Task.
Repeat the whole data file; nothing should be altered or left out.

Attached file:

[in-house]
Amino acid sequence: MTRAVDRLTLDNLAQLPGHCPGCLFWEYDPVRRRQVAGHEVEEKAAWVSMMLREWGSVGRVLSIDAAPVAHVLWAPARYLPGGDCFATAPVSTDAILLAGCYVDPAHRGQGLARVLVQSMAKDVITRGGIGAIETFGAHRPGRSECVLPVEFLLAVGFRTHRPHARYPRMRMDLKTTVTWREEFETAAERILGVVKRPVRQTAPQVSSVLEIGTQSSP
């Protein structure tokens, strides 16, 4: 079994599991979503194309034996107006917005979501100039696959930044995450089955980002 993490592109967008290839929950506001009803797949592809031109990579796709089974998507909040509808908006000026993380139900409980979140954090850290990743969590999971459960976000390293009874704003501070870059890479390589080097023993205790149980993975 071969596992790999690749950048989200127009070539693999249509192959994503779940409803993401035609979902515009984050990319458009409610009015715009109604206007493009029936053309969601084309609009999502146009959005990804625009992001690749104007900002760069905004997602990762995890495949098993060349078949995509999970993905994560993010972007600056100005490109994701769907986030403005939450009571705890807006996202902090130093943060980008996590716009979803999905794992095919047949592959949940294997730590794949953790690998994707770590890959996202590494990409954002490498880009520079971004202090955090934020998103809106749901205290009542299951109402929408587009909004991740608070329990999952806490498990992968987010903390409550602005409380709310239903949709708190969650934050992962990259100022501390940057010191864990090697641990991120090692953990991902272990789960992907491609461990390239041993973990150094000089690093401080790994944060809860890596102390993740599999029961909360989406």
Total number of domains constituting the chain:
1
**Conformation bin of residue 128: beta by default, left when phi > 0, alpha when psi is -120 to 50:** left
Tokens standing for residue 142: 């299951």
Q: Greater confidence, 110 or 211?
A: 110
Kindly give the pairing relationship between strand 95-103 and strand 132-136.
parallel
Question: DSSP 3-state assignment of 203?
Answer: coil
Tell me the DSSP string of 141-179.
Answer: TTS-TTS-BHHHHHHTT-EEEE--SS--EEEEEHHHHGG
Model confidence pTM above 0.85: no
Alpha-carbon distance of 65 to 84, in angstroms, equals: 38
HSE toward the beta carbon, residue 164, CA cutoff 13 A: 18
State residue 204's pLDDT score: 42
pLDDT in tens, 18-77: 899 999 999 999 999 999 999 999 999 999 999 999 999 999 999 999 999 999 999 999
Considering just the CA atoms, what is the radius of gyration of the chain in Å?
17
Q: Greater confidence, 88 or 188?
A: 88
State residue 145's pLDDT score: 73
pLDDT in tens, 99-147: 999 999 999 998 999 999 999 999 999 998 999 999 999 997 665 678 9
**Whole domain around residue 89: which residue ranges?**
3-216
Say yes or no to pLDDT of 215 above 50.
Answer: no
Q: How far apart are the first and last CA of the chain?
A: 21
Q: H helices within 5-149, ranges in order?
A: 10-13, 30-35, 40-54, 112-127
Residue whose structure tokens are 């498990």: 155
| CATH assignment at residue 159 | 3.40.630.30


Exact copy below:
[in-house]
Amino acid sequence: MTRAVDRLTLDNLAQLPGHCPGCLFWEYDPVRRRQVAGHEVEEKAAWVSMMLREWGSVGRVLSIDAAPVAHVLWAPARYLPGGDCFATAPVSTDAILLAGCYVDPAHRGQGLARVLVQSMAKDVITRGGIGAIETFGAHRPGRSECVLPVEFLLAVGFRTHRPHARYPRMRMDLKTTVTWREEFETAAERILGVVKRPVRQTAPQVSSVLEIGTQSSP
């Protein structure tokens, strides 16, 4: 079994599991979503194309034996107006917005979501100039696959930044995450089955980002 993490592109967008290839929950506001009803797949592809031109990579796709089974998507909040509808908006000026993380139900409980979140954090850290990743969590999971459960976000390293009874704003501070870059890479390589080097023993205790149980993975 071969596992790999690749950048989200127009070539693999249509192959994503779940409803993401035609979902515009984050990319458009409610009015715009109604206007493009029936053309969601084309609009999502146009959005990804625009992001690749104007900002760069905004997602990762995890495949098993060349078949995509999970993905994560993010972007600056100005490109994701769907986030403005939450009571705890807006996202902090130093943060980008996590716009979803999905794992095919047949592959949940294997730590794949953790690998994707770590890959996202590494990409954002490498880009520079971004202090955090934020998103809106749901205290009542299951109402929408587009909004991740608070329990999952806490498990992968987010903390409550602005409380709310239903949709708190969650934050992962990259100022501390940057010191864990090697641990991120090692953990991902272990789960992907491609461990390239041993973990150094000089690093401080790994944060809860890596102390993740599999029961909360989406």
Total number of domains constituting the chain:
1
**Conformation bin of residue 128: beta by default, left when phi > 0, alpha when psi is -120 to 50:** left
Tokens standing for residue 142: 């299951």
Q: Greater confidence, 110 or 211?
A: 110
Kindly give the pairing relationship between strand 95-103 and strand 132-136.
parallel
Question: DSSP 3-state assignment of 203?
Answer: coil
Tell me the DSSP string of 141-179.
Answer: TTS-TTS-BHHHHHHTT-EEEE--SS--EEEEEHHHHGG
Model confidence pTM above 0.85: no
Alpha-carbon distance of 65 to 84, in angstroms, equals: 38
HSE toward the beta carbon, residue 164, CA cutoff 13 A: 18
State residue 204's pLDDT score: 42
pLDDT in tens, 18-77: 899 999 999 999 999 999 999 999 999 999 999 999 999 999 999 999 999 999 999 999
Considering just the CA atoms, what is the radius of gyration of the chain in Å?
17
Q: Greater confidence, 88 or 188?
A: 88
State residue 145's pLDDT score: 73
pLDDT in tens, 99-147: 999 999 999 998 999 999 999 999 999 998 999 999 999 997 665 678 9
**Whole domain around residue 89: which residue ranges?**
3-216
Say yes or no to pLDDT of 215 above 50.
Answer: no
Q: How far apart are the first and last CA of the chain?
A: 21
Q: H helices within 5-149, ranges in order?
A: 10-13, 30-35, 40-54, 112-127
Residue whose structure tokens are 């498990």: 155
| CATH assignment at residue 159 | 3.40.630.30